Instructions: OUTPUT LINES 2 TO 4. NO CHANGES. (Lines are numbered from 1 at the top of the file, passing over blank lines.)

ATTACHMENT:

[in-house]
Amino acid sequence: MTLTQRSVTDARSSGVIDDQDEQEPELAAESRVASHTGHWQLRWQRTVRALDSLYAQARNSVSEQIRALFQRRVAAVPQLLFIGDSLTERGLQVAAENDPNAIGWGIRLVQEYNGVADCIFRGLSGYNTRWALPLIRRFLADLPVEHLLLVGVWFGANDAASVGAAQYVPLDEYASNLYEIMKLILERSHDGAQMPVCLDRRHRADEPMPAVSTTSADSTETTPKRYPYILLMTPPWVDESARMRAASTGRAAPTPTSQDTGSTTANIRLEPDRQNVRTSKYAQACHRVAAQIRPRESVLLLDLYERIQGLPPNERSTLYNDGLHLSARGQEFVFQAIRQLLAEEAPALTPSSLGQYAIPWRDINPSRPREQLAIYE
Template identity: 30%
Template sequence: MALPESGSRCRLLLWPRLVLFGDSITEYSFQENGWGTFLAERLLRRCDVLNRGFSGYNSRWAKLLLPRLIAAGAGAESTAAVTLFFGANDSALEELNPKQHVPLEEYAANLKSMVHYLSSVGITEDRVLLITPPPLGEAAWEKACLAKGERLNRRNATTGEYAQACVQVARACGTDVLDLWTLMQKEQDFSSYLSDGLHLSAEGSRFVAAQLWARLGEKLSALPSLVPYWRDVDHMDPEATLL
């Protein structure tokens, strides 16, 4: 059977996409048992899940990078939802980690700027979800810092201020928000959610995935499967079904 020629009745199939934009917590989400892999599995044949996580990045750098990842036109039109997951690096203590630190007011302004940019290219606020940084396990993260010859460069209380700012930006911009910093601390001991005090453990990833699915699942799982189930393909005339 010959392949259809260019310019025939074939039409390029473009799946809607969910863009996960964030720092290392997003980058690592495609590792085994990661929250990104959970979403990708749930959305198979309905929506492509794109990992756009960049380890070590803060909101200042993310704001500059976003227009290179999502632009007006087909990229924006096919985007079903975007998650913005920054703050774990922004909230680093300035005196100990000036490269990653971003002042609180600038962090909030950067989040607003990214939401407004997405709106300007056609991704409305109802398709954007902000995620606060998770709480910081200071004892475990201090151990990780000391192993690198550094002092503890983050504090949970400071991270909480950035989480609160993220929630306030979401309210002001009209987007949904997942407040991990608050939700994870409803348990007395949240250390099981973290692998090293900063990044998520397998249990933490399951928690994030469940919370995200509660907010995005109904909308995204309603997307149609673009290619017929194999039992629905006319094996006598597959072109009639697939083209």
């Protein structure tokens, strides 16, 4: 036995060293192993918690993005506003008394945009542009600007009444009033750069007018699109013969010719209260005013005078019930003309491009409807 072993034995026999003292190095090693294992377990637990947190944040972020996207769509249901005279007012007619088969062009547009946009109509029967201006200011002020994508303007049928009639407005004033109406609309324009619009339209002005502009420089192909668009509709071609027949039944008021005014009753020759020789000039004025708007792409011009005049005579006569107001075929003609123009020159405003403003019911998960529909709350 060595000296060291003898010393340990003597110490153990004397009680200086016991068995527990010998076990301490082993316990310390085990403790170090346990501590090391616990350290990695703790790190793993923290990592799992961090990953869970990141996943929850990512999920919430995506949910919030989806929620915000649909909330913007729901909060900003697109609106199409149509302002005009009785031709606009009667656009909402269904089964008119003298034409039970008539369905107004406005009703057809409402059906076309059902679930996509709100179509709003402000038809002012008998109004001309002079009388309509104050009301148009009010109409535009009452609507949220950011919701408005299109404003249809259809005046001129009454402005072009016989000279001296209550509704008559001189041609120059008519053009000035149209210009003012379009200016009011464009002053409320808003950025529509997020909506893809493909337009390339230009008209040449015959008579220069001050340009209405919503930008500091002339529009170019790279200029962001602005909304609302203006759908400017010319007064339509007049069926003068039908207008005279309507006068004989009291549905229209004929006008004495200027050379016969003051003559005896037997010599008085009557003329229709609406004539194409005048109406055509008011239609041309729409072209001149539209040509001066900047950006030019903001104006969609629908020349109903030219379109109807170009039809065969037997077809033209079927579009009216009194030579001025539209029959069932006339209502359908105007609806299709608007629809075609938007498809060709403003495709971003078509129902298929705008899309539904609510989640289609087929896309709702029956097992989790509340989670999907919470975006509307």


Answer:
Amino acid sequence: MTLTQRSVTDARSSGVIDDQDEQEPELAAESRVASHTGHWQLRWQRTVRALDSLYAQARNSVSEQIRALFQRRVAAVPQLLFIGDSLTERGLQVAAENDPNAIGWGIRLVQEYNGVADCIFRGLSGYNTRWALPLIRRFLADLPVEHLLLVGVWFGANDAASVGAAQYVPLDEYASNLYEIMKLILERSHDGAQMPVCLDRRHRADEPMPAVSTTSADSTETTPKRYPYILLMTPPWVDESARMRAASTGRAAPTPTSQDTGSTTANIRLEPDRQNVRTSKYAQACHRVAAQIRPRESVLLLDLYERIQGLPPNERSTLYNDGLHLSARGQEFVFQAIRQLLAEEAPALTPSSLGQYAIPWRDINPSRPREQLAIYE
Template identity: 30%
Template sequence: MALPESGSRCRLLLWPRLVLFGDSITEYSFQENGWGTFLAERLLRRCDVLNRGFSGYNSRWAKLLLPRLIAAGAGAESTAAVTLFFGANDSALEELNPKQHVPLEEYAANLKSMVHYLSSVGITEDRVLLITPPPLGEAAWEKACLAKGERLNRRNATTGEYAQACVQVARACGTDVLDLWTLMQKEQDFSSYLSDGLHLSAEGSRFVAAQLWARLGEKLSALPSLVPYWRDVDHMDPEATLL